Health Information Privacy Code 

What is health information?

Health information is information about you that is held by a health agency (for example your GP and specialists, your dentist, your pharmacy, your District Health Board, ACC and your health insurer). The information could include details about:

  • medical conditions or disabilities you have, or have had 
  • prescriptions you’ve been given
  • results of your medical tests
  • medical procedures you have had and medical donations you have made (e.g. of blood or organs)
  • records of consultations/conversations you have had with a health or disability provider.

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How is my health information protected?

The Health Information Privacy Code (HIPC) protects your health information by setting out rules for health agencies to follow when collecting, using and storing the information you give them. This includes ensuring that they have reasonable security safeguards for your information.  

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What are my rights under the Health Information Privacy Code?

There are two main ideas behind the code: that health agencies (e.g. doctor’s clinic, ACC) should only collect information they really need; and they should make sure that they are open with you about how they are going to use that information.

Once the health agency has your health information they must keep it secure, and only use it for the purpose that was given to you. They also have to ensure that the information is correct before they use it.

You have the right to access any personal information they hold about you, and correct any errors in this information.

The health agency can only disclose the information to someone else in very limited circumstances. They must securely dispose of the information once they no longer need it for the purpose for which it was taken.

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Can I access my medical records and how much will it cost?

You have a right to see your own health information. If you make a request to your doctor or other health agency they must respond within 20 days.

If the agency does not respond to your request to access your health information within 20 working days, or they have denied your request and you are unsatisfied with their reason, you can make a complaint.

If you made your request to a public health sector agency (e.g. your DHB), they cannot charge you a fee for this. Private sector agencies (e.g. your private sector dentist) can only charge you if they have provided you with the same information in the last twelve months. More about this is on this Privacy Commissioner website.

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Who else can access my medical records?

Generally other people will only be able to access your health information with your consent (eg, your insurance company), or because it relates to the reason your information was collected in the first place (eg, your doctor discussing your health information with other medical staff).

There are some exceptions to this, such as where releasing your information is necessary to avoid a serious threat to public health or public safety, or to the life or health of you or another person. 

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Can I access my child’s health information?

If you are the parent or guardian of a child (aged under 16 years), you do not have an automatic right to access your child's health information.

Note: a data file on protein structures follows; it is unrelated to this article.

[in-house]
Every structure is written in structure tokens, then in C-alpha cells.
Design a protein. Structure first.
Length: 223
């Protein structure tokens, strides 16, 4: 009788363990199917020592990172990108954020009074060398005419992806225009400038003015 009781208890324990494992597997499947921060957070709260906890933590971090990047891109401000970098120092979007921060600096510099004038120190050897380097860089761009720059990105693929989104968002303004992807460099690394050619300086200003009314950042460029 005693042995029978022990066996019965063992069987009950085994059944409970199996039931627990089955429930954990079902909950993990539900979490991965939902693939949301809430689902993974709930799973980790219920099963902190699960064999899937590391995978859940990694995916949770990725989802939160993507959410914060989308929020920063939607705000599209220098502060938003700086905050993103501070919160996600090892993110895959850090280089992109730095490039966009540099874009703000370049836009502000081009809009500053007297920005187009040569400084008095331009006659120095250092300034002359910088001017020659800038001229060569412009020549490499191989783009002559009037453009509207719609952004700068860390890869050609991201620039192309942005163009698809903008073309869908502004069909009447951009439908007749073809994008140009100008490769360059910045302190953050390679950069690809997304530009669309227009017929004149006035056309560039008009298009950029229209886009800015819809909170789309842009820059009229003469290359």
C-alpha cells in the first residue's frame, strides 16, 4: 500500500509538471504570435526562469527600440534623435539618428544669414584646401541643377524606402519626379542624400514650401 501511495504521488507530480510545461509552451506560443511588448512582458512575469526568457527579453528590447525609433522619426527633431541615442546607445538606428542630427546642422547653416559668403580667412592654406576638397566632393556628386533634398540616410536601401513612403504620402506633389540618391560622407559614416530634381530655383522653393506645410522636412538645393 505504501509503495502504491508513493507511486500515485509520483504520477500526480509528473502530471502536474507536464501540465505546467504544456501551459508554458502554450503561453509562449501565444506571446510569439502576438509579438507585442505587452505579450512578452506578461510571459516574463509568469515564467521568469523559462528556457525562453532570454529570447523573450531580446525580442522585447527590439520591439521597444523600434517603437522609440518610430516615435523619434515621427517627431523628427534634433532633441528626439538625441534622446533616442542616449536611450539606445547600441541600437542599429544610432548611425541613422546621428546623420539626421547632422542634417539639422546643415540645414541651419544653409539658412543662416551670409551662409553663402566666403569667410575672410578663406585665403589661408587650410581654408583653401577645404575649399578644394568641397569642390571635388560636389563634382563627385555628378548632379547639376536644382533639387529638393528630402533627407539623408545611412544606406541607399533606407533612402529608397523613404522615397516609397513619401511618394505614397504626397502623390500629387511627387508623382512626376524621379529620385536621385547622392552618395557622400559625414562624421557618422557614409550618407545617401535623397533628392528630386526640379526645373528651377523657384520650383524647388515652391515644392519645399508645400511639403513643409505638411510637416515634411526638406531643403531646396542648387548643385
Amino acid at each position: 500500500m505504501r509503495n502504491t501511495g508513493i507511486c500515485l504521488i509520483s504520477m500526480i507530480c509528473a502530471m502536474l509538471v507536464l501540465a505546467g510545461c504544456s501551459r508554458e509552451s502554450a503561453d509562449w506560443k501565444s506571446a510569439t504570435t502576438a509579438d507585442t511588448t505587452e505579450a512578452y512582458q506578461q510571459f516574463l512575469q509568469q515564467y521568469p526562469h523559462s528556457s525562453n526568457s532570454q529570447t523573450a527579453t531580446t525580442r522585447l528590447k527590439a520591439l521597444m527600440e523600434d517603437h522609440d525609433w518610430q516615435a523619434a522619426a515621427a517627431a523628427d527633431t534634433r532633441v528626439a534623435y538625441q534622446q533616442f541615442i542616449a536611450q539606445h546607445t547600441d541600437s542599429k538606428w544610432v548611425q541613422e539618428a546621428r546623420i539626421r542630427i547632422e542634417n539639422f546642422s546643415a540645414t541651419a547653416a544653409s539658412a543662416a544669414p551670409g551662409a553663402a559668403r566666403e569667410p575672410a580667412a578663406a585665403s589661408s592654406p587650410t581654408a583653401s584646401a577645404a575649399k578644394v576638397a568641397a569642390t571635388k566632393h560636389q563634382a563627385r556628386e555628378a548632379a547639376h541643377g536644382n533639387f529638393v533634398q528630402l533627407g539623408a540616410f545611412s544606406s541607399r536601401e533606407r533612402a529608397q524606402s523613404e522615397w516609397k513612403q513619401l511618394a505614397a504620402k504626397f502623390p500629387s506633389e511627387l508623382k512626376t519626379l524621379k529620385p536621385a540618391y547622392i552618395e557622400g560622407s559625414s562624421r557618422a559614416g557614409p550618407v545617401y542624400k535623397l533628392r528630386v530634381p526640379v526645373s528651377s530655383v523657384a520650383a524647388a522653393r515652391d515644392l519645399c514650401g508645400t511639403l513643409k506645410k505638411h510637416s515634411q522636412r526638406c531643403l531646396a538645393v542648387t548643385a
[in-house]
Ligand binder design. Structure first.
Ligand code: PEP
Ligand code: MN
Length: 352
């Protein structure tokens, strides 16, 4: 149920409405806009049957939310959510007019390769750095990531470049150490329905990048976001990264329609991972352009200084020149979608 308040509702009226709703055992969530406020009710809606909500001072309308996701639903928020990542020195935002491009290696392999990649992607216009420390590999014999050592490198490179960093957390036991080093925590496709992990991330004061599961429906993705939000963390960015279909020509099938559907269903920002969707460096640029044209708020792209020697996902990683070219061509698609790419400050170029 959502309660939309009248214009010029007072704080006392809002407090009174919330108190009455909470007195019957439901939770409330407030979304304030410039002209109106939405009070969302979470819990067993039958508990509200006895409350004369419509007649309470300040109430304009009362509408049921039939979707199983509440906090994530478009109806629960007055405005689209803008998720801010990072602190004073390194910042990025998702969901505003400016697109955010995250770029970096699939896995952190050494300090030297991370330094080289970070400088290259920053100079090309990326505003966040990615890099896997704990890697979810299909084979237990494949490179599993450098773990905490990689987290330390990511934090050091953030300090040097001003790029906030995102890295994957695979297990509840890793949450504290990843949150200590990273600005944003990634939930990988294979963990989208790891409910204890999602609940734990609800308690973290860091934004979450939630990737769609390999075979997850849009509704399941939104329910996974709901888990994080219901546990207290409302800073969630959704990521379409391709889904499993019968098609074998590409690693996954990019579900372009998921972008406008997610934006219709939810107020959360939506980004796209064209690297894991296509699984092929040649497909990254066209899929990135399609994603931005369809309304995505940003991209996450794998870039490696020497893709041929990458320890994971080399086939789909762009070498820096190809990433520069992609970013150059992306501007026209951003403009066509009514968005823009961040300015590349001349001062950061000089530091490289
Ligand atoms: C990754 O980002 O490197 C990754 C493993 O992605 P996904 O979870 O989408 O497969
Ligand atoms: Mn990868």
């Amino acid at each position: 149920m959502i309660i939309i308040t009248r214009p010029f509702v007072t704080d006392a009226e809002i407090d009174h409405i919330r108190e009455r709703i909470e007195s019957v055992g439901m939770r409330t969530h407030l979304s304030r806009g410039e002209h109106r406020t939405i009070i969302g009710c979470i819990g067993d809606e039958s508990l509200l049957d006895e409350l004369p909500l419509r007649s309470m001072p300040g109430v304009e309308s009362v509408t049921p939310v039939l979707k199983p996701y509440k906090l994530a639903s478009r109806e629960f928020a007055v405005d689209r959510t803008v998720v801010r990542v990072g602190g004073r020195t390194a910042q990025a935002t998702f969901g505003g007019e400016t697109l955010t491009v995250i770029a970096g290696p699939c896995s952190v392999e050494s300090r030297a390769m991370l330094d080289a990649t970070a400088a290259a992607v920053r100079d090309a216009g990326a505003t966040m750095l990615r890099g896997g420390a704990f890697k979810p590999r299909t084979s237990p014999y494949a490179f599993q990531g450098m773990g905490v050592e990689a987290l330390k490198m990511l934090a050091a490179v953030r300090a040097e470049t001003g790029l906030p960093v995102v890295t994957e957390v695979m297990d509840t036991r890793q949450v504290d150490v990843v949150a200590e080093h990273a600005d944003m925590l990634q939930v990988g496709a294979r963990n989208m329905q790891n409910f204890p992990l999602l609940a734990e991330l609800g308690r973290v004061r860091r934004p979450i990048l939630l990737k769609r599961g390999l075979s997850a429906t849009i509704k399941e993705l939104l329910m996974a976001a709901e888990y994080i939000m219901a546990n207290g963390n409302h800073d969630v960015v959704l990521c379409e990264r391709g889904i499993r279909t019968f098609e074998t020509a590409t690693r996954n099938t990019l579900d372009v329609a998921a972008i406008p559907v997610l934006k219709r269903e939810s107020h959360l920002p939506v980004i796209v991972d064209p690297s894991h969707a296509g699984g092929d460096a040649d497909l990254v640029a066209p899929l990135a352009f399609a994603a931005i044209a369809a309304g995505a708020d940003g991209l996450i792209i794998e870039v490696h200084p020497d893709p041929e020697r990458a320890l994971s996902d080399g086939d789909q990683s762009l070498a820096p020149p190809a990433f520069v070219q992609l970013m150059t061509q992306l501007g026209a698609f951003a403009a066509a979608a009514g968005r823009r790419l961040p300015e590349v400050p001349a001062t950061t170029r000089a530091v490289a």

You are entitled to ask for your child’s health information but a health agency can refuse access to the information if they believe that:

  • this would not be in your child’s best interests, or  
  • your child doesn’t want you to access the information and they are considered competent to make this decision based on their age and maturity.

More about this is on the Privacy Commissioner's website.

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What is my National Health Index number, and what is it used for?

A National Health Index number is assigned to anyone who uses health and disability support services in New Zealand. This number corresponds to certain kinds of information about you that is securely stored on a National Health Index:  

  • your name (including alternative names such as maiden names)
  • address
  • date of birth
  • place of birth
  • gender
  • New Zealand resident and citizenship status
  • ethnicity
  • date of death (if appropriate).

This information is used to help with the planning and provision of health and disability services in New Zealand.

Your NHI number can also be used to pass on information between your health providers – for example, information about your immunisation status that is held on the National Immunisation Register; or any warnings or alerts on the Medical Warning System.

This information, which is managed by the Ministry of Health, can only be used within the health sector – you GP, pharmacies and the hospital patient management system.

If you want to find out what information about you is held against your NHI number, you’ll find information about how to make a request on the Ministry of Health website. 

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How do I complain about a breach of my health privacy rights?

If you’re not happy about how your health information has been handled (for example it has been wrongly given to someone, not securely stored or you have been refused your own health information without good reason), you should speak to the person or organisation involved first.

If you’re still unhappy you can complain to the Privacy Commissioner. You might find it helpful to discuss the complaints procedure with your local Citizens Advice Bureau because every health agency has a different way of dealing with these complaints.